So, I looked into the origin of this one and, apparently, the origin of the phrase ‘a taste of your own medicine’ comes from Aesop’s famous story about a swindler, someone who tricks people and sells things in order to make money and… trick people, a swindler who sells fake medicine claiming that it can cure anything. And then, this swindler becomes sick himself, he becomes ill, he falls ill, and people give him his own medicine, which he knows won’t work. So, literally, he got a taste of his own medicine, and figuratively, he got a taste of his own medicine.
Alright, so let’s go through three different real-life examples of how I would use this expression.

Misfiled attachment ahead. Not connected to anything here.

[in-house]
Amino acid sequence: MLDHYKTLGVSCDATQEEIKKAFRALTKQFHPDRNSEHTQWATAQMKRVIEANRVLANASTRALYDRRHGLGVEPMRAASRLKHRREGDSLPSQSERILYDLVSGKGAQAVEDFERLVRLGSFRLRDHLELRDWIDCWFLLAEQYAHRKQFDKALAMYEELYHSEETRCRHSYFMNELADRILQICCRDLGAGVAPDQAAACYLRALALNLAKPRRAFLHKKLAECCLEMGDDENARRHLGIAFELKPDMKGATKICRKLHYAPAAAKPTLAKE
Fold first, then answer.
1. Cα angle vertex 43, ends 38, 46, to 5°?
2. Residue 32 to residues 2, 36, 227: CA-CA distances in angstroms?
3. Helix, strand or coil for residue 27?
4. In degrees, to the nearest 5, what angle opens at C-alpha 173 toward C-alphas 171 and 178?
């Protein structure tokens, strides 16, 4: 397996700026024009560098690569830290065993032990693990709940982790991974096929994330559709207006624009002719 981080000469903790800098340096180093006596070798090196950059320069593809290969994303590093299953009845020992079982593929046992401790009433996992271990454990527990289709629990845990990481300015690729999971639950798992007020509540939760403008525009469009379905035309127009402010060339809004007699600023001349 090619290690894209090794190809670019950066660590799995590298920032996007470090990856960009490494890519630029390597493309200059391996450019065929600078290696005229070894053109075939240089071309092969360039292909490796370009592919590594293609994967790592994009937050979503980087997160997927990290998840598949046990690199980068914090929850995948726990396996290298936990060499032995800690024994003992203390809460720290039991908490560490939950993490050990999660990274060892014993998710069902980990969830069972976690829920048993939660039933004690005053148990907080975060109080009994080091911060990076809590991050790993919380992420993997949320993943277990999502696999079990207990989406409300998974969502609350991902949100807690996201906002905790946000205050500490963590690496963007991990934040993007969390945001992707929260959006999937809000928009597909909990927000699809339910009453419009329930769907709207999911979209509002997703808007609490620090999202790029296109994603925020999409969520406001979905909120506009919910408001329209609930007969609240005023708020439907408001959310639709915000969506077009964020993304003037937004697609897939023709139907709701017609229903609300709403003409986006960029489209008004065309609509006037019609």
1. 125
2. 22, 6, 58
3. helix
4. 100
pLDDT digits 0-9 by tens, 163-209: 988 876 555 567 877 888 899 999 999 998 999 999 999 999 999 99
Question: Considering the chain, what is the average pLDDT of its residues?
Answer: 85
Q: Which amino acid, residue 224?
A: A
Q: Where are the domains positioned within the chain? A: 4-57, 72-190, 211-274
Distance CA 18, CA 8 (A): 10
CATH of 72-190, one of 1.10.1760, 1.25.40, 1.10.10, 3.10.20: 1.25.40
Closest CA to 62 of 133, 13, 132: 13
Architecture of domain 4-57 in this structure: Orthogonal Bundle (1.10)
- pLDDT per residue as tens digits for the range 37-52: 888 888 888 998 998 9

Example number one. Imagine that you have a friend or a young relative who is always pulling pranks on you. So, maybe he puts whoopie cushions on your chairs before you sit down. And whoopie cushions are these sort of rubber cushions that when you fill them with air and someone sits on them they go, *plthhh*, and it sounds like you farted, even though you didn’t really fart. So, maybe his putting would be cushions on a chair before you sit down as a prank. Maybe he put red food dye in your red wine before you drank it, and then after drinking it, your mouth was completely red. Or maybe he prank calls you. He calls you up and says, it’s the cops, you know, it’s the police. You need to come down to the police station. So, he’s pranking you a lot, right? If you get sick of him doing this and you thought, mmm, I’m going to have to get my revenge and do to him what he’s done to me. Then you’re going to give him a taste of his own medicine. Maybe you get him a chair to sit on and there’s a wonky leg, you know, a leg that’s kind of about to break, about to fall off the chair, it’s a bit wonky, and then, when he sits down, Bob’s your uncle, the chair breaks and he falls over, falls on his arse, and embarrasses himself. He got a taste of his own medicine. He had a taste of his own medicine and you gave him a taste of his own medicine. Right? So, he received the unpleasantness that he had been giving you.